Digital transformation is a hot topic within the manufacturing industry these days, with it on the lips of every consultant, agency, and C-Suite from coast-to-coast. Those conversations usually focus on improving operational efficiency and digitizing the internal business processes that already exist. However, by only focusing on the internal, manufacturing marketers are leaving out a crucial part of the equation—their customer.
What manufacturing brands need to understand is that digital transformation and customer experience are not mutually exclusive. In fact, they are complimentary initiatives, as you cannot truly transform the way you do business without taking into account the experience you provide the customer.
But before I get ahead of myself, let’s create a shared definition of digital transformation and customer experience.
Though these initiatives may appear siloed on the surface, there is a significant overlap that marketers must understand. In their 2016 State of the Connected Customer Report, Salesforce reported that 75% of consumers expect a consistent experience wherever they engage (e.g. website, social media, mobile, in person). Similarly, Forrester rel="noopener noreferrer" has predicted that 79% of manufacturing companies expect to compete on the basis of customer experience among industry competitors by 2020, meaning it is vital to start thinking about your customer experience now so you are not one of the 21% left wondering why they are losing customers to competitors.
The easiest place to start this customer-focused digital transformation is within your marketing programs. Besides your sales team, marketing departments typically have the most insight into the experience of your customer and, in many organizations, marketers are responsible for highly visible assets such as your website, advertising, social, marketing collateral, and digital experiences. Mature marketing departments are also set-up and used to operating in a culture of optimization, allowing your digital transformation initiatives to improve quickly as time passes.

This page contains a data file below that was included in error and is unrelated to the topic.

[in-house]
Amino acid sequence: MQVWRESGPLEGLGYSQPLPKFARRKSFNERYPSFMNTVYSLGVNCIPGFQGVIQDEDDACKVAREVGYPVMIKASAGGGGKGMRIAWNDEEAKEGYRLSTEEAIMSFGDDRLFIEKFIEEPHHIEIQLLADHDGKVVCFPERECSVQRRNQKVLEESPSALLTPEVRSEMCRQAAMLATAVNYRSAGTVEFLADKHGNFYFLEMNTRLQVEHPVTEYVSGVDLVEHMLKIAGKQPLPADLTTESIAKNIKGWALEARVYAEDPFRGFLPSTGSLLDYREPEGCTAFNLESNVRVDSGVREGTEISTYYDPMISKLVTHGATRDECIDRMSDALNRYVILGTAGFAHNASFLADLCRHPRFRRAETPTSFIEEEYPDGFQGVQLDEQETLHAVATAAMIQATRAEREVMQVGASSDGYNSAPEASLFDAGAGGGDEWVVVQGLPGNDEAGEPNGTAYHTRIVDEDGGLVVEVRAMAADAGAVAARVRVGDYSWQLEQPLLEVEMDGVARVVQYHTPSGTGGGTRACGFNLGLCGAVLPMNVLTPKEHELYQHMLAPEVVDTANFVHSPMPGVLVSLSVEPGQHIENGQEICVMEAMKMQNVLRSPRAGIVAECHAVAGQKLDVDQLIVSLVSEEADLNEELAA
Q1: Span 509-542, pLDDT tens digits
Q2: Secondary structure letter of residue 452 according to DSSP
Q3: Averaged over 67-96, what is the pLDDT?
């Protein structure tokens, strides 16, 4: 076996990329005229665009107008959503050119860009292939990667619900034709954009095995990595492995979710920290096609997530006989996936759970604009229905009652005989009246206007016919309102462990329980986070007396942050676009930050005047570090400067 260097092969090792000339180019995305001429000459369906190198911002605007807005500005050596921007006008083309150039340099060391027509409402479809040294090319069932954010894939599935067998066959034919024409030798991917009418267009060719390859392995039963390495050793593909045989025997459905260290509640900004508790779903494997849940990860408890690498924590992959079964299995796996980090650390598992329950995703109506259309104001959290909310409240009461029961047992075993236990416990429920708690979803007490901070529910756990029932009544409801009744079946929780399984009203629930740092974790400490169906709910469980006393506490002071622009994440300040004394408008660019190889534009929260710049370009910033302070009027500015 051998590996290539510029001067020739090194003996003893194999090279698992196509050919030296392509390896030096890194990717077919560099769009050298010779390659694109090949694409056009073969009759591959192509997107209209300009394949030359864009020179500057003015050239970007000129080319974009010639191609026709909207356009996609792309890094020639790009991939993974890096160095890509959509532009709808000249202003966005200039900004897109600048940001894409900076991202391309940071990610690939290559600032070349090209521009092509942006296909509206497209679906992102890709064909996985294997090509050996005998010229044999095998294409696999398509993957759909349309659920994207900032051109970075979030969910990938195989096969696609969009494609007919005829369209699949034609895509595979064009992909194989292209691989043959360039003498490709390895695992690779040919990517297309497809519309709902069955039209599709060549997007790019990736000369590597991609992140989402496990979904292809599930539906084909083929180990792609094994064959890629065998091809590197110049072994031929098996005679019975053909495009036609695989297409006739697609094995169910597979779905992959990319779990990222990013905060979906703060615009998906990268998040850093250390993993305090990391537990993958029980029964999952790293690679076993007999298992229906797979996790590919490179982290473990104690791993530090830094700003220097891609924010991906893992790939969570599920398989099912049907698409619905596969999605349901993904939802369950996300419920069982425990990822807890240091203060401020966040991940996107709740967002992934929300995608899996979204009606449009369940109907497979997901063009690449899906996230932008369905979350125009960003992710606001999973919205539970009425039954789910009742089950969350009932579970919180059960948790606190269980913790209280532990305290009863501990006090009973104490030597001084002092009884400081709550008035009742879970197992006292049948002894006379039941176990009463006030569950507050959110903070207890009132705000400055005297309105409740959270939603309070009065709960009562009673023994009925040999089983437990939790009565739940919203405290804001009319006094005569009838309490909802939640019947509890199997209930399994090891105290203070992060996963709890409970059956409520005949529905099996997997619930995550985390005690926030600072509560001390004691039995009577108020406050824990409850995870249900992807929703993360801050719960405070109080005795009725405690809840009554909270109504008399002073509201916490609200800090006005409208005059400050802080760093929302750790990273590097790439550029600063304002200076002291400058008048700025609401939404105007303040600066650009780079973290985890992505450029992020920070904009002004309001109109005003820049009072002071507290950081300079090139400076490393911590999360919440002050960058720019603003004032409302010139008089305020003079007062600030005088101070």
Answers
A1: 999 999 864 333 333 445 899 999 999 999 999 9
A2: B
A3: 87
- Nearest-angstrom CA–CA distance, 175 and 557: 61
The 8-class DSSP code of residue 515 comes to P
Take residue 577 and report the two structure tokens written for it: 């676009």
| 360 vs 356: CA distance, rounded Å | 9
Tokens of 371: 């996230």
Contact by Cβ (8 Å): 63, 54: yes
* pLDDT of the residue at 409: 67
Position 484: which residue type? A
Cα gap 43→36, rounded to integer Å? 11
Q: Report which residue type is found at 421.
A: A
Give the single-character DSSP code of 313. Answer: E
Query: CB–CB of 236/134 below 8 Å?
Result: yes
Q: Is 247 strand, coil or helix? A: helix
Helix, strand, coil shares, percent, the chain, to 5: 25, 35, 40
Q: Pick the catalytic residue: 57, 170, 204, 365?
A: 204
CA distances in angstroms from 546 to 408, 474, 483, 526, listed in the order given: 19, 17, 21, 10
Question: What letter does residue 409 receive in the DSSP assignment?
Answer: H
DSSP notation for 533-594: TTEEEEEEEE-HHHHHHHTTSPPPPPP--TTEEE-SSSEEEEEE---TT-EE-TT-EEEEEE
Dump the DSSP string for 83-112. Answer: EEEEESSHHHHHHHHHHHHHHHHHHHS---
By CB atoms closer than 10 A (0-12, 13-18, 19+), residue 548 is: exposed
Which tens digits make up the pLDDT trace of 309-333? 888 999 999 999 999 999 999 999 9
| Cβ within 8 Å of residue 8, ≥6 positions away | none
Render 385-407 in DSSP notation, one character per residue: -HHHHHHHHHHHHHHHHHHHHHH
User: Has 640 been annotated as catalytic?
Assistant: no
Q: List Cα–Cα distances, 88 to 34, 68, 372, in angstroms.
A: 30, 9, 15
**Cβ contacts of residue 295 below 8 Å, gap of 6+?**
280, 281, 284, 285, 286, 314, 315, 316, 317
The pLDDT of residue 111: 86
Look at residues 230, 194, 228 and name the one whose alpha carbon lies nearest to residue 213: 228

So why is this a competitive advantage?
The way that customers interact with businesses has changed drastically over the years. Common ways in which customers interacted with or gathered information about products and manufacturers in the past such as phone conversations or in-person meetings have given way to advanced digital interactions such as GPS tracking, chat bots, and voice search. Just because you may have digitized aspects of your business to interact with customers does not mean you’ve transformed your business digitally to fully meet the needs of your customers rel="noopener noreferrer" and maximize their customer experience. In fact, 70% of consumers say technology has made it easier than ever to take their business elsewhere.
If you are not willing to transform the way you do business to meet your customer’s need, there is surely a competitor who will. By marrying digital transformation initiatives with your CX initiatives, manufacturers will be better able to improve efficiencies internally, and grow to meet the needs of their customers.